Although I was pleased a few months ago to see a chain pub round the corner from me in Bloomsbury being taken back into private ownership and its old name, The Cornwallis, restored. Actually I was particularly amused to see some American students with a guidebook standing outside it saying, "Hey, the Corn-wallis... sounds cool," and happily toddling inside for a drink. I'm quite sure they'd have gone into a pub called The Banastre Tarleton, too...


Mark said...

In my home town every pub is without TV. Unfortunately one of the nicest has loud, blathering, self-consciously trendy music.

At Oxford I don't remember any of our locals having TV.

But the dread music - killer of conversation, silencer of the folksy sound of clinking glass and laughter - abounded quite often.

Give me a fireplace, old wooden chairs, a pint of creamy bitter, a packet of pork scratchings, and a good friend or newspaper.

Aunt Vanessa said...

I'm in the U.S. and not only do we have televisions in ALL of our bars (pubs) but also in pratically all of our restaurants. It's awful. Gone is the enjoyment of conversation.

Scott said...

An irony here is that Wetherspoon's - owners of the pub pictured - are one of the grottiest, sourest possible pub chains in the whole country (having banned all smoking yonks ago, stocking their bars full of cheap and fluorescent liquors, playing loud music, and filling every corner with garish carpet, cheap furniture, and tacky quiz machines).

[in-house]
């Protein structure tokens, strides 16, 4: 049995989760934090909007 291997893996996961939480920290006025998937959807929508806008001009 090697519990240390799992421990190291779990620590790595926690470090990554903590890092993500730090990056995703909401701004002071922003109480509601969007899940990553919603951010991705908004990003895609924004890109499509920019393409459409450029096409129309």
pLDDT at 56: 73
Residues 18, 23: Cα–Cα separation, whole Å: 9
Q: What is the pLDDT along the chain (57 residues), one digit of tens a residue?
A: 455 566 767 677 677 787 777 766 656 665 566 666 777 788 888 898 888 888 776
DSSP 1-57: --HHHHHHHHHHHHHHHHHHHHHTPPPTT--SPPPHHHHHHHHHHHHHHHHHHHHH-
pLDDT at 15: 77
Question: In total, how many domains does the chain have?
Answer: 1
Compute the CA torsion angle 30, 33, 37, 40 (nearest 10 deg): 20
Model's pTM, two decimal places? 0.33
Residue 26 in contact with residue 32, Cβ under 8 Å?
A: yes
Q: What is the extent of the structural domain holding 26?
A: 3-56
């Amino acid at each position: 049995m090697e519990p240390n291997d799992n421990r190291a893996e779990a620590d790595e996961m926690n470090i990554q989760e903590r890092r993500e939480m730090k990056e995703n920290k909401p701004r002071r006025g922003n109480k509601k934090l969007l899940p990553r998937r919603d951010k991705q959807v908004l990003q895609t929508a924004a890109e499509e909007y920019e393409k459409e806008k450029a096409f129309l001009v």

Living in vacations by Blackdown, along the Surrey/Sussex/Hampshire borders, I am however very luckily close to many great old pubs, tucked away at country cross-roads, standing there from the time of Chaucer, full of thunderous fires, jolly barkeepers (albeit in polo sport denim shirts these days), fine ale, and delicious tucker.

Neil Welton said...

Hang on, hang on.

What is all the fuss about?

Television in pubs is the free market at work! :-)

Younghusband said...

Neil, come to the freest market on earth- here in China. I used to frequent a pub here in Beijing called the Edinburgh. Beautiful, dark, quiet, atmospheric with some guy singing his heart out on his guitar on a little stage; unlike any other bar in town. Then last year the TV situation went nuts. Every angle you turned was a TV, each showing the same bloody thing. This being China, it would usually be about some woman talking about how long her hair was.
Tvs everywhere here- in the lift, on the bus, in the taxi. It's absolutely madness. I urge patrons to fight to prevent this insidious invasion from taking root back in the civilised world.

Neil Welton said...

Are you suggesting that China is not a relatively free market where you can not sell goods and services to the people?
I must tell my friends in business and in the City!

Television in pubs is there because the majority want it. They demand it and they need it. As I have been so reliably informed on this blog we must have unremitting market forces in all aspects of our lives - even if some people suffer harshly as a result. You therefore will not blame me if I now decide to "walk on by" and demand all pubs have televisions - in the name of free choice.

Now please stop complaining about televisions in pubs because you are in a minority in the free market. :-)

Scott said...

Stop being childish.

The so-called free market force of television demand is hardly being obviously or purely satisfied: I think you'll find that lots of people, tolerant and meek as the Britannic tend to be, put up with it to a very great extent, even as it wastes the whole experience to nothing.

Neil Welton said...

Hee! Hee!

I have made my point.

"Always be careful what you wish for."